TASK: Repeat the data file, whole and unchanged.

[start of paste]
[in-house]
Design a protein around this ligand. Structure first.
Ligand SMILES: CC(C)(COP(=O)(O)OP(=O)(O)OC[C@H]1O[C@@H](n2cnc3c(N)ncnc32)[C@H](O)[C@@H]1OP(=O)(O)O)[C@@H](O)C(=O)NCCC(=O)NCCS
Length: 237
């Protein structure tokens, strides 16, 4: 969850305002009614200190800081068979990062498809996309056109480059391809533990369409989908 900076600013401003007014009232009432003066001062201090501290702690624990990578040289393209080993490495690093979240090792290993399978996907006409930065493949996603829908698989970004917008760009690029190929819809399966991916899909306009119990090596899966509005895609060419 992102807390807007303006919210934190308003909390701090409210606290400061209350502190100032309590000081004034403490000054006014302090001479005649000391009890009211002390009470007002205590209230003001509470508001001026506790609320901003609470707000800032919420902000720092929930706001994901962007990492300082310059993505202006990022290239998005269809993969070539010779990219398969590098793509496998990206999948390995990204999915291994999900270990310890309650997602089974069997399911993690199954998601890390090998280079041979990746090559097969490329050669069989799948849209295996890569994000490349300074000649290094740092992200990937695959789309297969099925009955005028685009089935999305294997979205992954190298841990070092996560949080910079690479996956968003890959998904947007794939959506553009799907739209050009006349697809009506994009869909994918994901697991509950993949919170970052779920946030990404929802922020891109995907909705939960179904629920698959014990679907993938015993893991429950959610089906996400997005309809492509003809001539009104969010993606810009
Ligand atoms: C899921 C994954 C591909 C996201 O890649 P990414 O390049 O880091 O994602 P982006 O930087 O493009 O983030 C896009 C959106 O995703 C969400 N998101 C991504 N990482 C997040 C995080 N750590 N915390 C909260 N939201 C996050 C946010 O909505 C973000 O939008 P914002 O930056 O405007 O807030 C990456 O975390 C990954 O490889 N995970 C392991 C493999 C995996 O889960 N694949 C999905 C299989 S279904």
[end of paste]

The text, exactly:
[in-house]
Design a protein around this ligand. Structure first.
Ligand SMILES: CC(C)(COP(=O)(O)OP(=O)(O)OC[C@H]1O[C@@H](n2cnc3c(N)ncnc32)[C@H](O)[C@@H]1OP(=O)(O)O)[C@@H](O)C(=O)NCCC(=O)NCCS
Length: 237
């Protein structure tokens, strides 16, 4: 969850305002009614200190800081068979990062498809996309056109480059391809533990369409989908 900076600013401003007014009232009432003066001062201090501290702690624990990578040289393209080993490495690093979240090792290993399978996907006409930065493949996603829908698989970004917008760009690029190929819809399966991916899909306009119990090596899966509005895609060419 992102807390807007303006919210934190308003909390701090409210606290400061209350502190100032309590000081004034403490000054006014302090001479005649000391009890009211002390009470007002205590209230003001509470508001001026506790609320901003609470707000800032919420902000720092929930706001994901962007990492300082310059993505202006990022290239998005269809993969070539010779990219398969590098793509496998990206999948390995990204999915291994999900270990310890309650997602089974069997399911993690199954998601890390090998280079041979990746090559097969490329050669069989799948849209295996890569994000490349300074000649290094740092992200990937695959789309297969099925009955005028685009089935999305294997979205992954190298841990070092996560949080910079690479996956968003890959998904947007794939959506553009799907739209050009006349697809009506994009869909994918994901697991509950993949919170970052779920946030990404929802922020891109995907909705939960179904629920698959014990679907993938015993893991429950959610089906996400997005309809492509003809001539009104969010993606810009
Ligand atoms: C899921 C994954 C591909 C996201 O890649 P990414 O390049 O880091 O994602 P982006 O930087 O493009 O983030 C896009 C959106 O995703 C969400 N998101 C991504 N990482 C997040 C995080 N750590 N915390 C909260 N939201 C996050 C946010 O909505 C973000 O939008 P914002 O930056 O405007 O807030 C990456 O975390 C990954 O490889 N995970 C392991 C493999 C995996 O889960 N694949 C999905 C299989 S279904």